'Old wounds': Descendants of families who lost Indian status launch Charter challenge

In 1944, Nadia Salmaniw's great-grandfather Wilfred Laurier Bennett faced a choice: send his children to residential school or renounce his Indigenous heritage.

Some Indigenous people abandoned status to protect their kids from residential schools

Kathryn Fournier wants her three children to be able to reclaim their status. (Toni Choueiri/CBC)

In 1944, Nadia Salmaniw's great-grandfather Wilfred Laurier Bennett faced a choice: send his children to residential school or renounce his Indigenous heritage.

Knowing first-hand the cruelties of the mandatory boarding school system, Bennett chose to give up his First Nation status.

Now, Salmaniw is trying to reclaim her status — which was stripped from Bennett, her great-grandmother and all of their descendants. 

"He made, I believe, a forced decision to protect his children because he himself had been forced into residential school and knew of the atrocities and horrors that his children would have endured if they had gone," Salmaniw said.

Salmaniw is one of 16 plaintiffs from three families who filed a constitutional challenge last month in the Supreme Court of British Columbia to end the discrimination based on gender and the process of "enfranchisement" that families continue to endure under the registration provisions of the Indian Act.

Enfranchisement was a process through which First Nations people could obtain Canadian citizenship. By renouncing their Indian status and treaty rights, they obtained the right to vote, own property and keep their children out of residential schools.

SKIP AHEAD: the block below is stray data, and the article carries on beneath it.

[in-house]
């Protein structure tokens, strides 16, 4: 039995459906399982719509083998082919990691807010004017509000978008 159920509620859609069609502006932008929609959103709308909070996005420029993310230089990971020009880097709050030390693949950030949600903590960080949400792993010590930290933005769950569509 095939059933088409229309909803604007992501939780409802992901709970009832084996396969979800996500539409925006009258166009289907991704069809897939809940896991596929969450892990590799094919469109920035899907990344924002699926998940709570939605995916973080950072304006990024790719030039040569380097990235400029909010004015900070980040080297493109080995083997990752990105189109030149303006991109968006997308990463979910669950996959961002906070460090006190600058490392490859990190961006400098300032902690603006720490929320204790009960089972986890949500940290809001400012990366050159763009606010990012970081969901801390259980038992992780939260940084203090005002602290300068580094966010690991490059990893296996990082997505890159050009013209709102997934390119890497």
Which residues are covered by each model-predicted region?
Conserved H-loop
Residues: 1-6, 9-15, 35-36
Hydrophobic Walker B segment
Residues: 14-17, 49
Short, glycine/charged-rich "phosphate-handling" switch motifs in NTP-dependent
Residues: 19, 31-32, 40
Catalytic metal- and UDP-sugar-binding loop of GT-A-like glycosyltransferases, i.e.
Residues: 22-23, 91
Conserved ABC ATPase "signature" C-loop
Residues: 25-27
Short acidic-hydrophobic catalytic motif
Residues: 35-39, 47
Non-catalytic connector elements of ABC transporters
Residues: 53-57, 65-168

The act was considered voluntary by the federal government. The plaintiffs argue their families were coerced into enfranchisement. 

'Ultimate act of colonization'

The enfranchisement policy was adopted in 1857 under the Gradual Civilization Act in the Province of Canada and continued after Confederation under the Indian Act of 1876.

Enfranchisement remained in place until amendments were made to the Indian Act in 1985 to bring it in line with the Canadian Charter of Rights and Freedoms.

Nadia Salmaniw is trying to reclaim her Indian status that was lost after her great-grandfather enfranchised to protect his family from the residential school system. (Michael McArthur/CBC)

The plaintiffs argue that the consequences of that defunct policy violate their rights to liberty and security under the charter.

Even though Salmaniw has Haida citizenship under the laws of the Haida Nation and is a citizen of the Central Council of the Tlingit and Haida Tribes of Alaska, she continues to be denied Indian status because of the Indian Act's registration provisions.